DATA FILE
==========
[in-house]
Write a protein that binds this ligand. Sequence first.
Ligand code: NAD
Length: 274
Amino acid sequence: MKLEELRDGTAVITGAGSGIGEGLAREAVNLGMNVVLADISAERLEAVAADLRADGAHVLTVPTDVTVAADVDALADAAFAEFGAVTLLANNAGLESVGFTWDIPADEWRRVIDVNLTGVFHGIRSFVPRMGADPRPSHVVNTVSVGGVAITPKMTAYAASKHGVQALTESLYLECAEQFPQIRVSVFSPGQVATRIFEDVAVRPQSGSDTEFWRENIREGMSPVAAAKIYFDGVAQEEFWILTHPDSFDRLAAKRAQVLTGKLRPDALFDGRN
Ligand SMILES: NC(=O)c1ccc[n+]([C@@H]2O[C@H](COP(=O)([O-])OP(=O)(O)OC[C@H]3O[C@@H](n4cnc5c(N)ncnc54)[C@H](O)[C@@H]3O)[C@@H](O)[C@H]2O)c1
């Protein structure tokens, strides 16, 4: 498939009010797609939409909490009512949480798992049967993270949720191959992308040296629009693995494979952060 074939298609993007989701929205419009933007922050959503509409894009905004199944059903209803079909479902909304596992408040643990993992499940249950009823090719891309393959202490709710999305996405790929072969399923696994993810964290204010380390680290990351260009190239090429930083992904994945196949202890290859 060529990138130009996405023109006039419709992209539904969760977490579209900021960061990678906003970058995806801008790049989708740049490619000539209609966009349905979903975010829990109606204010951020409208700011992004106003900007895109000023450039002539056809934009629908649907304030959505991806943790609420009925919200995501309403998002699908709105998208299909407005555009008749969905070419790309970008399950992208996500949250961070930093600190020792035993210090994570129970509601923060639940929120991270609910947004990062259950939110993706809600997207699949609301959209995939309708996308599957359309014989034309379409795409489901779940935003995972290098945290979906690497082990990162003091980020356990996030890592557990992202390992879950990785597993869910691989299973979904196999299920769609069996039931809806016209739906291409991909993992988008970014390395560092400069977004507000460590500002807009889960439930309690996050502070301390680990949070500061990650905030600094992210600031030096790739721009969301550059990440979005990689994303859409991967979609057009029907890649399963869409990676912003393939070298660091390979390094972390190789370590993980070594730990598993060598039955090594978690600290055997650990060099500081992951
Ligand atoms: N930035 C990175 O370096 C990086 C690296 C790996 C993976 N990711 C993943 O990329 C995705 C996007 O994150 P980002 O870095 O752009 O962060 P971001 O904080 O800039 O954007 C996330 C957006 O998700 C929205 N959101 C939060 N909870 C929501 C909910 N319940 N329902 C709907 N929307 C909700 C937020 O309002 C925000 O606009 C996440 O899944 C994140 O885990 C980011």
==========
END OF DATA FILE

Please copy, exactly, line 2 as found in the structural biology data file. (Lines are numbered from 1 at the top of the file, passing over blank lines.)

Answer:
Write a protein that binds this ligand. Sequence first.